By the end of the first quarter of tonight's game against the Milwaukee Bucks at the Mecca, the Washington Bullets were forced to endure the ultimate in fan indignity -- a chant of "Pizza! Pizza!"
That was in response to a Milwaukee promotion in which everyone in attendance wins a pie if the opposition is held under 95 points. Early in the game, it became obvious that many in the crowd of 11,052 would be well-fed; the Bullets could offer little resistance to the Bucks and were humbled, 116-87. It was Washington's fourth straight defeat.
The Bullets were steadily engulfed by what seemed to be a never-ending stream of Milwaukee points. Former Bullet Charles Davis led the way with 26 points, and six other Bucks players scored at least 10 points. Washington, 32-37 on the season, was paced by forward Cliff Robinson, who scored 29.
"They just played very well and very smart," said Washington Coach Gene Shue of the Bucks, the first-place team in the NBA Central Division with a record of 47-22. "Hopefully, we've bottomed out and things will start to get better."
If the Bullets are engaged in some sort of push for positive playoff positioning, they're doing it in a somewhat odd fashion. On Monday, the fourth-place Bullets lost to the third-place New Jersey Nets by 28 points -- one fewer than tonight. On the horizon are games against Philadelphia, Boston and Houston. That doesn't bode well for the Bullets; their record this season against the clubs they'll face for the remainder of March is 4-15.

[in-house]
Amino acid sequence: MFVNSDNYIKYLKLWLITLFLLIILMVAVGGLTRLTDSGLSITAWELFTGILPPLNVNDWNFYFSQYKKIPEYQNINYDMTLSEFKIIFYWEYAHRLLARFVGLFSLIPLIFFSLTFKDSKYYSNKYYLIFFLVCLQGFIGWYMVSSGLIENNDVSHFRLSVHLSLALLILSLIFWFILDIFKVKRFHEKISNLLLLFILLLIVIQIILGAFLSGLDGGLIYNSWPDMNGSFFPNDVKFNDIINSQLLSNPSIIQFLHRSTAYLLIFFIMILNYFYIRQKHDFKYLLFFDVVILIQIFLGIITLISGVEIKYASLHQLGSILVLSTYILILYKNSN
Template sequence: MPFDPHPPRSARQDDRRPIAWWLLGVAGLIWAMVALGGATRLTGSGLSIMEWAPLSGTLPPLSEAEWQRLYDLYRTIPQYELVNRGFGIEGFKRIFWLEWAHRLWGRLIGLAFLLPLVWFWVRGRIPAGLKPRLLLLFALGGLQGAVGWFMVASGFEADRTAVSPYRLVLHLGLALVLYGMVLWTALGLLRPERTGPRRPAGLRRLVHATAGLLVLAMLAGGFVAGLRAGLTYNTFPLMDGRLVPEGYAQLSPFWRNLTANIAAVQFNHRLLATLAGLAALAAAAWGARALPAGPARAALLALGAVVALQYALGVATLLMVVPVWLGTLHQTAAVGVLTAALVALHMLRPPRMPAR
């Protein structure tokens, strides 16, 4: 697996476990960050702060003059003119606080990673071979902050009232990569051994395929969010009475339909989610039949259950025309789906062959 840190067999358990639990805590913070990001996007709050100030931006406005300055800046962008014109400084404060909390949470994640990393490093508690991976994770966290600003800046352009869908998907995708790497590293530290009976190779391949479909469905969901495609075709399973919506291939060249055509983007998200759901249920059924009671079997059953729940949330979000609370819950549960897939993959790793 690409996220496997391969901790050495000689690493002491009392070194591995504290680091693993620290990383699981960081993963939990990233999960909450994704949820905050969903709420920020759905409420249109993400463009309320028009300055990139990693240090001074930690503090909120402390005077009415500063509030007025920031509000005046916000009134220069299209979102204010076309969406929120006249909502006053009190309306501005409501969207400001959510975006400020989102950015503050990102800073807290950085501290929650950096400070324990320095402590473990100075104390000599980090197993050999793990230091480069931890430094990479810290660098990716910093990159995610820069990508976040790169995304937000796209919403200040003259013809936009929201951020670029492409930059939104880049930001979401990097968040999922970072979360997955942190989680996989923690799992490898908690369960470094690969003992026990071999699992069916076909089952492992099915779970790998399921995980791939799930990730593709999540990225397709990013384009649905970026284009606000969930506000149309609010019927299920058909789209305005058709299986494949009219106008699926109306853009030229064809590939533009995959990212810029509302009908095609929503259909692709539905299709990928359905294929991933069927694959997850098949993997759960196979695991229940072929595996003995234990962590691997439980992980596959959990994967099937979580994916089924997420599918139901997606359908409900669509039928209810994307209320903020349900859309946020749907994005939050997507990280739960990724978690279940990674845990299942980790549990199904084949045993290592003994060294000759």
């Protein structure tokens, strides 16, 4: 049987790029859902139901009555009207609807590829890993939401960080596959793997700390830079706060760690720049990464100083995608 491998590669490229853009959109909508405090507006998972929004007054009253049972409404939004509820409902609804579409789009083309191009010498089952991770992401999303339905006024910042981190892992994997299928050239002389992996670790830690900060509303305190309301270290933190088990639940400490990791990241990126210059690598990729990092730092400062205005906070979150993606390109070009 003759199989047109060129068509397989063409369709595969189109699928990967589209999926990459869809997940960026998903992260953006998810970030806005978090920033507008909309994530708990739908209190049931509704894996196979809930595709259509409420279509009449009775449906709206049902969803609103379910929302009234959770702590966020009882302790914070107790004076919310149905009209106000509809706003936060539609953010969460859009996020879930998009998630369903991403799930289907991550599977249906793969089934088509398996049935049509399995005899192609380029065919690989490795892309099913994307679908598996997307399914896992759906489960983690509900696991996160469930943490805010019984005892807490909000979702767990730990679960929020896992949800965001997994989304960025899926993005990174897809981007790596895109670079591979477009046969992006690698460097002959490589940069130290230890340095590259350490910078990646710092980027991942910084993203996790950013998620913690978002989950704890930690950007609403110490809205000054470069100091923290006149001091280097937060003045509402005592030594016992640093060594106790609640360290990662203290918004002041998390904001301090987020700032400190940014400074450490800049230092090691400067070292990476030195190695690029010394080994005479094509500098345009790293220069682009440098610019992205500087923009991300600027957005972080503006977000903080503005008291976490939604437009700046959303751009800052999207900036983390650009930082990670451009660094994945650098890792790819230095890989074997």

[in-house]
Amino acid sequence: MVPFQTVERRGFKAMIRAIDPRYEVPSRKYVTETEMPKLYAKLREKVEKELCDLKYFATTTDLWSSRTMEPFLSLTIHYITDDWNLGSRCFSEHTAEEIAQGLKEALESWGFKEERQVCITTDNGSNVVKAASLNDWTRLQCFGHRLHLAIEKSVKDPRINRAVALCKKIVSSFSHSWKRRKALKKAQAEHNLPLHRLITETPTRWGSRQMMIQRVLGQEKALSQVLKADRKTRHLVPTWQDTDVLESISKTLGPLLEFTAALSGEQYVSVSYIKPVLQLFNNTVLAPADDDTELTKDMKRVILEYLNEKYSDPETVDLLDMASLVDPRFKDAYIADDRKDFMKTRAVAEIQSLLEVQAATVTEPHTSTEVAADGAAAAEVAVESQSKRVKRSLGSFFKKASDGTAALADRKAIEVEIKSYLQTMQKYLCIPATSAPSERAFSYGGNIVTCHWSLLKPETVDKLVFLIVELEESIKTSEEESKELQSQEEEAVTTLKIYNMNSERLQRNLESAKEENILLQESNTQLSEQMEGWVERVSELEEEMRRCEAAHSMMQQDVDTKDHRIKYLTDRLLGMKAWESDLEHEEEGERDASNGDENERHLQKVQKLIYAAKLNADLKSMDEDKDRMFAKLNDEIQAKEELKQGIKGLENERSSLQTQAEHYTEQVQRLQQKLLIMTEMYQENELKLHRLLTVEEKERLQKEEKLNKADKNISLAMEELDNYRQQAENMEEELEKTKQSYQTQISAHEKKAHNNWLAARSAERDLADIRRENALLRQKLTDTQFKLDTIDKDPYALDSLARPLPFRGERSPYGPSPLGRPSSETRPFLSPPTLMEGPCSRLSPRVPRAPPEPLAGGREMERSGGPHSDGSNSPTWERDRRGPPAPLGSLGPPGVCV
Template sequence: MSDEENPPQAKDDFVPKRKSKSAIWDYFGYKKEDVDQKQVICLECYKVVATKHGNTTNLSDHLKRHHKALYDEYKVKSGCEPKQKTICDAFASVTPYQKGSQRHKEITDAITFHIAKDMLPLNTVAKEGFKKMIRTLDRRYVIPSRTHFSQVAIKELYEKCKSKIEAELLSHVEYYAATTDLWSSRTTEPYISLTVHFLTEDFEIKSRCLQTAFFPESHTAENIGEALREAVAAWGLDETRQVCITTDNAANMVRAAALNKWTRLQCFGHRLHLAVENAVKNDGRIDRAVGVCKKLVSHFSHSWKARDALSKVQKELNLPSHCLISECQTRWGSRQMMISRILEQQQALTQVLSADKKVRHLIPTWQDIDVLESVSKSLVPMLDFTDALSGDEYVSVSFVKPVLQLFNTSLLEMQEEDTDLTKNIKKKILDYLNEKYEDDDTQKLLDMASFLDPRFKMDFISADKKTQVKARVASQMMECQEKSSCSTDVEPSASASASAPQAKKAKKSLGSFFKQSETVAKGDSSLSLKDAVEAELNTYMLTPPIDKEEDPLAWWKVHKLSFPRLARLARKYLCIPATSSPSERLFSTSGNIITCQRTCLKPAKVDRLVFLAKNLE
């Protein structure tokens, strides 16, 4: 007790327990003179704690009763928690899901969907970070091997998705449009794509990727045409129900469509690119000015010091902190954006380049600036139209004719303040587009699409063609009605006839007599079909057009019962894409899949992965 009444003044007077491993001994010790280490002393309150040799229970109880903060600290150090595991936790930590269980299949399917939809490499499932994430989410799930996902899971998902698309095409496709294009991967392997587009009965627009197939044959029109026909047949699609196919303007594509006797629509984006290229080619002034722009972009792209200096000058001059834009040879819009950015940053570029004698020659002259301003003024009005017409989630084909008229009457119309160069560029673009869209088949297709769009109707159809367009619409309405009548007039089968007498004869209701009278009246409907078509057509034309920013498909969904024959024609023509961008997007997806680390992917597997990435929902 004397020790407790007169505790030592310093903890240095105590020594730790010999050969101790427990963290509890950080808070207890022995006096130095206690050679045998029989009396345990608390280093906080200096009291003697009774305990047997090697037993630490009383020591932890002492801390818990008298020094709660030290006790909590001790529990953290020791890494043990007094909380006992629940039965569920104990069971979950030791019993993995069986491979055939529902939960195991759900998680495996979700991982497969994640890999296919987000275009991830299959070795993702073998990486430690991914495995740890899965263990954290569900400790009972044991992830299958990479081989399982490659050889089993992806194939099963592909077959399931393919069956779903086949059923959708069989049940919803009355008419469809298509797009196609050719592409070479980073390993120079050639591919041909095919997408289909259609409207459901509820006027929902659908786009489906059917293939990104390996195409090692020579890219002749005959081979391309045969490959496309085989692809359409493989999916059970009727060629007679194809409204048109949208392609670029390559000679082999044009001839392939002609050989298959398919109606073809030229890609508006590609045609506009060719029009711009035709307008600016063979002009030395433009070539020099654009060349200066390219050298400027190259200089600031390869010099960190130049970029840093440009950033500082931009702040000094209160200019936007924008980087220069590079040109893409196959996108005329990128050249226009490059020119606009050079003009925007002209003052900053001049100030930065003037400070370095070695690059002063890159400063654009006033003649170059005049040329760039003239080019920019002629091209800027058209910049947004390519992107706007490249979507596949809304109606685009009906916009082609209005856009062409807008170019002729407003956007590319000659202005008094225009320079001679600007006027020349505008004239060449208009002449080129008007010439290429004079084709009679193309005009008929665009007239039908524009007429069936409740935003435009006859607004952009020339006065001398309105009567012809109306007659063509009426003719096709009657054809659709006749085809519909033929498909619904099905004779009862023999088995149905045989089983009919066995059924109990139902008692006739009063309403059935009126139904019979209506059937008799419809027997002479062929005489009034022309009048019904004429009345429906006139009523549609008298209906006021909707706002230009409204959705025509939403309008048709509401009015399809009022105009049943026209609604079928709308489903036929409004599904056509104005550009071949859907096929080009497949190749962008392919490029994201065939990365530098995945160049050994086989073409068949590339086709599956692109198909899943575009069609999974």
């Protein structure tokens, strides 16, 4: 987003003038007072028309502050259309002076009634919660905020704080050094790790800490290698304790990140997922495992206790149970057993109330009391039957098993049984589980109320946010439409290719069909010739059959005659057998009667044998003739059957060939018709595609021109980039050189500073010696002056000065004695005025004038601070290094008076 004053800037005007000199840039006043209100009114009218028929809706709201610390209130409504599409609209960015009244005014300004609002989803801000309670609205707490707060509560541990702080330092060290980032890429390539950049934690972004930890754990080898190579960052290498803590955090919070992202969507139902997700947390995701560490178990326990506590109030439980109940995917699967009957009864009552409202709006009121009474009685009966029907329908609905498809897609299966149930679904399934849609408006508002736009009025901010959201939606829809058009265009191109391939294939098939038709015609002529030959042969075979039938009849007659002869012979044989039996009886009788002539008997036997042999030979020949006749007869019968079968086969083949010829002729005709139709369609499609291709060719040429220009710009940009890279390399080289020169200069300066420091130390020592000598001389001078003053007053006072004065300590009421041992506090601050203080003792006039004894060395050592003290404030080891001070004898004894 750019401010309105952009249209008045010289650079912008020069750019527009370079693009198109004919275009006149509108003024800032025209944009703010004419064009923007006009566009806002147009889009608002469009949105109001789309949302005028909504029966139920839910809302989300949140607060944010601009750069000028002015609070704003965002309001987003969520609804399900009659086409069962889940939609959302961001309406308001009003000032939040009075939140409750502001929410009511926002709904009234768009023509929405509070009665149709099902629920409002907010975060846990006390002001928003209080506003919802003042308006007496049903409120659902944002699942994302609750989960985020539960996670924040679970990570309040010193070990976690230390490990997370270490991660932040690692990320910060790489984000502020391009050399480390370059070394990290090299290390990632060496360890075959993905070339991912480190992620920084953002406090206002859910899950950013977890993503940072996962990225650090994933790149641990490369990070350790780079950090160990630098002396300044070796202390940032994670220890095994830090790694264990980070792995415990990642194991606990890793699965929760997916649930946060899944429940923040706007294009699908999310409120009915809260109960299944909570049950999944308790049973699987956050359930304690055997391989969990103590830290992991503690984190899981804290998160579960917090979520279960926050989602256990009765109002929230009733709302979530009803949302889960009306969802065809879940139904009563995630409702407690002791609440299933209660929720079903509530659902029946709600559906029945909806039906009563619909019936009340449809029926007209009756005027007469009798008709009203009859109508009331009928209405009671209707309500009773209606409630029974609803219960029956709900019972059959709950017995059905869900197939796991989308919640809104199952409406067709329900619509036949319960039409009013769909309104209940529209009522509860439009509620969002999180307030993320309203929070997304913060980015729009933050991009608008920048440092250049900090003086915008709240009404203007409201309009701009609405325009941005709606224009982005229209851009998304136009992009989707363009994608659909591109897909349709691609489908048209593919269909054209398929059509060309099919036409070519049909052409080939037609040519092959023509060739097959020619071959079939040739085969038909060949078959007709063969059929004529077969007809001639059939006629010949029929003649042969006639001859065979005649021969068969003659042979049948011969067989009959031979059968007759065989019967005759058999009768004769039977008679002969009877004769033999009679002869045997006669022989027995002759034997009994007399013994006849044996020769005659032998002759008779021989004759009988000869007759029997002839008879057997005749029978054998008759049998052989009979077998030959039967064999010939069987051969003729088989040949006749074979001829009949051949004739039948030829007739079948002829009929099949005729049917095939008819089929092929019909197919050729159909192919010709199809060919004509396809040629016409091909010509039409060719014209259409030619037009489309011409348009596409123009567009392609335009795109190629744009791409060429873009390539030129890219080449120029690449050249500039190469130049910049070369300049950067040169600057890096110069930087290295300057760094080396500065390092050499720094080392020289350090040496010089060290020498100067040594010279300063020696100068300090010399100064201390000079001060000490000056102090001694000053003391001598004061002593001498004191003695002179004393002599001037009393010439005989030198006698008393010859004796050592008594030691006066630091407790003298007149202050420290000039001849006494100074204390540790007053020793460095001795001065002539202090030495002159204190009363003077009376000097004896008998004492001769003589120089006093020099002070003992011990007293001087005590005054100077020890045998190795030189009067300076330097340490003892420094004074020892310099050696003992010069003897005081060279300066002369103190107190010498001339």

Should the current standings hold, Washington will meet Milwaukee in the first round of the playoffs. That doesn't thrill Bucks Coach Don Nelson, despite the 4-2 edge his team has over the Bullets this season.
"Against them, all 12 players must be ready to play defense for the full 24 seconds for the entire 48-minute game," he said.
More than any other series this season, the games between Milwaukee and Washington have been distinct because of the adjustments made by each team in each game. In the meeting before tonight's, the Bullets prevailed, 125-104, by beating the Bucks' constant double-teaming of the basketball. When the team trapped, the Bullets merely whipped the ball around the perimeter to an open man.
One could tell that things would be different tonight. One thing hadn't changed: Milwaukee's ability to almost immediately recognize the Washington plays and move into a favorable defensive posture. But, when they got there, it was almost entirely man-on-man, with little movement toward a double team.
Then again, there was very little need to. Washington shot 46 percent from the field, with Robinson and guard Leon Wood the only players with more than two shots to hit half of their attempts.
"Our defense has really picked up in the last few games," said guard Sidney Moncrief. "We're also moving the ball well on offense."
That could have been considered an understatement. For the game, the Milwaukee bench outscored Washington's by 64-28, but the shots that Davis was getting were identical to the ones that Cummings had, or Randy Breuer, or Paul Pressey. That is, most of the team's field goal attempts came from about 10 feet out.
Many of them came in the decisive second quarter. Milwaukee entered the period ahead by 26-17. By intermission, the margin was 58-39 and steadily rising.
Davis, who also had 10 rebounds and five assists on the night, scored 10 of his points in the second period.
"Since I played with the Bullets for a few years I always want to do well against them," he said. "I'm happy to be with the Bucks. It's nice to know that the coaching staff has confidence in me."
The rest of the Bucks are also confident, although they refuse to believe that tonight's victory will have any lingering effect on the upcoming playoffs.
"The big margin tonight won't mean a thing if we face the Bullets," said Moncrief. "How you do against a team in the regular season isn't necessarily indicative of how you'll do against that team in the playoffs."